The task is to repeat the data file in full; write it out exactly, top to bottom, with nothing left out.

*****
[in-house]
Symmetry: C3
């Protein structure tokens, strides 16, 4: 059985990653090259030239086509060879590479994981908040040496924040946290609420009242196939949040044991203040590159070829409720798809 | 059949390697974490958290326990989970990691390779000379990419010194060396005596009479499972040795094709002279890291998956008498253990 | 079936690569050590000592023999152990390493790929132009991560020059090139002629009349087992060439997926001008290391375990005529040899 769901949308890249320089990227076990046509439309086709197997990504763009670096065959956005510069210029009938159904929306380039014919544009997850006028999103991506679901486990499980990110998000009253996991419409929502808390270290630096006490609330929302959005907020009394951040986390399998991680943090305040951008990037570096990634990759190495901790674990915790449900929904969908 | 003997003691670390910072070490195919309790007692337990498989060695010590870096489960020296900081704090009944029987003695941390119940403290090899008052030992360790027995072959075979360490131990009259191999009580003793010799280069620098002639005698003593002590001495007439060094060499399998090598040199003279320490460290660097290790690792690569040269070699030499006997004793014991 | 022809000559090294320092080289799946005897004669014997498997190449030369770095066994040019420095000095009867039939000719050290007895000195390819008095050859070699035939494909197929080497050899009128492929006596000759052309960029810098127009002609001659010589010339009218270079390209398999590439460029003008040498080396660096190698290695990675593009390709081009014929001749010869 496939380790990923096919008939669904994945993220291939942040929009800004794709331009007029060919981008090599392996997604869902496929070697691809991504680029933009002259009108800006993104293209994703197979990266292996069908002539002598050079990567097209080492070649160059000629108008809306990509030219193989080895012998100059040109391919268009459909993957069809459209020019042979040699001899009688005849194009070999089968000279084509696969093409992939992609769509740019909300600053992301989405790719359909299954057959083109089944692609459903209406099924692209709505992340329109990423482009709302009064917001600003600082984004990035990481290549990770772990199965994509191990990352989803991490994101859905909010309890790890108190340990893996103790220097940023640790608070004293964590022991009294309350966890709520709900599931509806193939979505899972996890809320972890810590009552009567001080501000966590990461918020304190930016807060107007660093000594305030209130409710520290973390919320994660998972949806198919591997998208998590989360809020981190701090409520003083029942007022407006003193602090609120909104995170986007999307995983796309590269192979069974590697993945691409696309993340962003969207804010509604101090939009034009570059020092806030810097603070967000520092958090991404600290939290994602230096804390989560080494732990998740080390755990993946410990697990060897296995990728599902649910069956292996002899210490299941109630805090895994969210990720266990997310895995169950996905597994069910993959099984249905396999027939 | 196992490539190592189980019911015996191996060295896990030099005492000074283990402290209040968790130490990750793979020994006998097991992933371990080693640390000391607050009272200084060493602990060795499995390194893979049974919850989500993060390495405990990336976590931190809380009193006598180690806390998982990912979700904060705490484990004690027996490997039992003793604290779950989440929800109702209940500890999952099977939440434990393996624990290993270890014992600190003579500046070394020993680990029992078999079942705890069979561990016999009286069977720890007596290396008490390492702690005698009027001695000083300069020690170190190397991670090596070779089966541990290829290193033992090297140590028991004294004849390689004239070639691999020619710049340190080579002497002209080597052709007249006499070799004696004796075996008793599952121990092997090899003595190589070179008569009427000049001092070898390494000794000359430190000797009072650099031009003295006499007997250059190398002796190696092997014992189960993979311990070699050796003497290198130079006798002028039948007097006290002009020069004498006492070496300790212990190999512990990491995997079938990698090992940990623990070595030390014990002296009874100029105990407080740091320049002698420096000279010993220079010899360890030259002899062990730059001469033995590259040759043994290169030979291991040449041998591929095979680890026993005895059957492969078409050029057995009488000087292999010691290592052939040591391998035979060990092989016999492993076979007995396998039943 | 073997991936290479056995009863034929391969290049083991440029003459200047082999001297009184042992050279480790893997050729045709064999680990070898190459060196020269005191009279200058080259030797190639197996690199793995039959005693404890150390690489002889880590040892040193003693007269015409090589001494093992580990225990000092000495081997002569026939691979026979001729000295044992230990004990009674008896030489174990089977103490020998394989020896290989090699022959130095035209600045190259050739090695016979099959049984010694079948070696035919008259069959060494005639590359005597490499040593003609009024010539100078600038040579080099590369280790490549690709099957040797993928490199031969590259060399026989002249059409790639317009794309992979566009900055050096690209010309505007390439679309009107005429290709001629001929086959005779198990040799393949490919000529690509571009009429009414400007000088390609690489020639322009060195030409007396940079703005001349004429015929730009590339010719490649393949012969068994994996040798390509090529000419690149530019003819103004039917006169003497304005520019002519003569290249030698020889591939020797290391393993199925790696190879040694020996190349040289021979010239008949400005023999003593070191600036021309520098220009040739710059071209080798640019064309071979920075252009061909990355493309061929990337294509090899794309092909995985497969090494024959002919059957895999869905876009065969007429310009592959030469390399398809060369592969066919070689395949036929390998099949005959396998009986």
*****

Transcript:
[in-house]
Symmetry: C3
């Protein structure tokens, strides 16, 4: 059985990653090259030239086509060879590479994981908040040496924040946290609420009242196939949040044991203040590159070829409720798809 | 059949390697974490958290326990989970990691390779000379990419010194060396005596009479499972040795094709002279890291998956008498253990 | 079936690569050590000592023999152990390493790929132009991560020059090139002629009349087992060439997926001008290391375990005529040899 769901949308890249320089990227076990046509439309086709197997990504763009670096065959956005510069210029009938159904929306380039014919544009997850006028999103991506679901486990499980990110998000009253996991419409929502808390270290630096006490609330929302959005907020009394951040986390399998991680943090305040951008990037570096990634990759190495901790674990915790449900929904969908 | 003997003691670390910072070490195919309790007692337990498989060695010590870096489960020296900081704090009944029987003695941390119940403290090899008052030992360790027995072959075979360490131990009259191999009580003793010799280069620098002639005698003593002590001495007439060094060499399998090598040199003279320490460290660097290790690792690569040269070699030499006997004793014991 | 022809000559090294320092080289799946005897004669014997498997190449030369770095066994040019420095000095009867039939000719050290007895000195390819008095050859070699035939494909197929080497050899009128492929006596000759052309960029810098127009002609001659010589010339009218270079390209398999590439460029003008040498080396660096190698290695990675593009390709081009014929001749010869 496939380790990923096919008939669904994945993220291939942040929009800004794709331009007029060919981008090599392996997604869902496929070697691809991504680029933009002259009108800006993104293209994703197979990266292996069908002539002598050079990567097209080492070649160059000629108008809306990509030219193989080895012998100059040109391919268009459909993957069809459209020019042979040699001899009688005849194009070999089968000279084509696969093409992939992609769509740019909300600053992301989405790719359909299954057959083109089944692609459903209406099924692209709505992340329109990423482009709302009064917001600003600082984004990035990481290549990770772990199965994509191990990352989803991490994101859905909010309890790890108190340990893996103790220097940023640790608070004293964590022991009294309350966890709520709900599931509806193939979505899972996890809320972890810590009552009567001080501000966590990461918020304190930016807060107007660093000594305030209130409710520290973390919320994660998972949806198919591997998208998590989360809020981190701090409520003083029942007022407006003193602090609120909104995170986007999307995983796309590269192979069974590697993945691409696309993340962003969207804010509604101090939009034009570059020092806030810097603070967000520092958090991404600290939290994602230096804390989560080494732990998740080390755990993946410990697990060897296995990728599902649910069956292996002899210490299941109630805090895994969210990720266990997310895995169950996905597994069910993959099984249905396999027939 | 196992490539190592189980019911015996191996060295896990030099005492000074283990402290209040968790130490990750793979020994006998097991992933371990080693640390000391607050009272200084060493602990060795499995390194893979049974919850989500993060390495405990990336976590931190809380009193006598180690806390998982990912979700904060705490484990004690027996490997039992003793604290779950989440929800109702209940500890999952099977939440434990393996624990290993270890014992600190003579500046070394020993680990029992078999079942705890069979561990016999009286069977720890007596290396008490390492702690005698009027001695000083300069020690170190190397991670090596070779089966541990290829290193033992090297140590028991004294004849390689004239070639691999020619710049340190080579002497002209080597052709007249006499070799004696004796075996008793599952121990092997090899003595190589070179008569009427000049001092070898390494000794000359430190000797009072650099031009003295006499007997250059190398002796190696092997014992189960993979311990070699050796003497290198130079006798002028039948007097006290002009020069004498006492070496300790212990190999512990990491995997079938990698090992940990623990070595030390014990002296009874100029105990407080740091320049002698420096000279010993220079010899360890030259002899062990730059001469033995590259040759043994290169030979291991040449041998591929095979680890026993005895059957492969078409050029057995009488000087292999010691290592052939040591391998035979060990092989016999492993076979007995396998039943 | 073997991936290479056995009863034929391969290049083991440029003459200047082999001297009184042992050279480790893997050729045709064999680990070898190459060196020269005191009279200058080259030797190639197996690199793995039959005693404890150390690489002889880590040892040193003693007269015409090589001494093992580990225990000092000495081997002569026939691979026979001729000295044992230990004990009674008896030489174990089977103490020998394989020896290989090699022959130095035209600045190259050739090695016979099959049984010694079948070696035919008259069959060494005639590359005597490499040593003609009024010539100078600038040579080099590369280790490549690709099957040797993928490199031969590259060399026989002249059409790639317009794309992979566009900055050096690209010309505007390439679309009107005429290709001629001929086959005779198990040799393949490919000529690509571009009429009414400007000088390609690489020639322009060195030409007396940079703005001349004429015929730009590339010719490649393949012969068994994996040798390509090529000419690149530019003819103004039917006169003497304005520019002519003569290249030698020889591939020797290391393993199925790696190879040694020996190349040289021979010239008949400005023999003593070191600036021309520098220009040739710059071209080798640019064309071979920075252009061909990355493309061929990337294509090899794309092909995985497969090494024959002919059957895999869905876009065969007429310009592959030469390399398809060369592969066919070689395949036929390998099949005959396998009986």